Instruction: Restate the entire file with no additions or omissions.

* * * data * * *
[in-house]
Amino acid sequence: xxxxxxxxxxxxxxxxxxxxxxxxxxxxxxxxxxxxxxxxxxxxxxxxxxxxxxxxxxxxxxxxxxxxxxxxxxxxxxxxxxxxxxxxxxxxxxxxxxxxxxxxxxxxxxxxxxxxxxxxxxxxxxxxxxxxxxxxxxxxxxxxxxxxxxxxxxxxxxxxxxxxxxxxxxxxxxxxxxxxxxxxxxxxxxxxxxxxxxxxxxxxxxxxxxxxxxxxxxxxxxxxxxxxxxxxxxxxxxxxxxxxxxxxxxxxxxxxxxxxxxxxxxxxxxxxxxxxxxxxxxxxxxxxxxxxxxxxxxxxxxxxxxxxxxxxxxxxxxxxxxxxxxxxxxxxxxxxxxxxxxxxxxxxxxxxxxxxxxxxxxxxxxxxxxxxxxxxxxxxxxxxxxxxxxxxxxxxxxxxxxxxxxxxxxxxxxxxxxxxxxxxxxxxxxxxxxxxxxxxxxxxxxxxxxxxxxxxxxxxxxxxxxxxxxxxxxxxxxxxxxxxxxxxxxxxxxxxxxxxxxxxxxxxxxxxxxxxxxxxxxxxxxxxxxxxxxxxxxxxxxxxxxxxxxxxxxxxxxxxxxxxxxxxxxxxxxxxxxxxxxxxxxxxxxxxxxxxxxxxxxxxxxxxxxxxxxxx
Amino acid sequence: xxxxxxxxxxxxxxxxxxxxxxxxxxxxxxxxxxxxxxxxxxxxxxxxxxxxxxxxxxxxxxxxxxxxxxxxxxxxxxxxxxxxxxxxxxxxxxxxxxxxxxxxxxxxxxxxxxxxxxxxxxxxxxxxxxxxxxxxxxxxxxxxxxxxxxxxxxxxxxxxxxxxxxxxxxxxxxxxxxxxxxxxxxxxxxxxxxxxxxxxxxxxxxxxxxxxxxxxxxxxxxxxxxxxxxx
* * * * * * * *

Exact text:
[in-house]
Amino acid sequence: xxxxxxxxxxxxxxxxxxxxxxxxxxxxxxxxxxxxxxxxxxxxxxxxxxxxxxxxxxxxxxxxxxxxxxxxxxxxxxxxxxxxxxxxxxxxxxxxxxxxxxxxxxxxxxxxxxxxxxxxxxxxxxxxxxxxxxxxxxxxxxxxxxxxxxxxxxxxxxxxxxxxxxxxxxxxxxxxxxxxxxxxxxxxxxxxxxxxxxxxxxxxxxxxxxxxxxxxxxxxxxxxxxxxxxxxxxxxxxxxxxxxxxxxxxxxxxxxxxxxxxxxxxxxxxxxxxxxxxxxxxxxxxxxxxxxxxxxxxxxxxxxxxxxxxxxxxxxxxxxxxxxxxxxxxxxxxxxxxxxxxxxxxxxxxxxxxxxxxxxxxxxxxxxxxxxxxxxxxxxxxxxxxxxxxxxxxxxxxxxxxxxxxxxxxxxxxxxxxxxxxxxxxxxxxxxxxxxxxxxxxxxxxxxxxxxxxxxxxxxxxxxxxxxxxxxxxxxxxxxxxxxxxxxxxxxxxxxxxxxxxxxxxxxxxxxxxxxxxxxxxxxxxxxxxxxxxxxxxxxxxxxxxxxxxxxxxxxxxxxxxxxxxxxxxxxxxxxxxxxxxxxxxxxxxxxxxxxxxxxxxxxxxxxxxxxxxxx
Amino acid sequence: xxxxxxxxxxxxxxxxxxxxxxxxxxxxxxxxxxxxxxxxxxxxxxxxxxxxxxxxxxxxxxxxxxxxxxxxxxxxxxxxxxxxxxxxxxxxxxxxxxxxxxxxxxxxxxxxxxxxxxxxxxxxxxxxxxxxxxxxxxxxxxxxxxxxxxxxxxxxxxxxxxxxxxxxxxxxxxxxxxxxxxxxxxxxxxxxxxxxxxxxxxxxxxxxxxxxxxxxxxxxxxxxxxxxxxx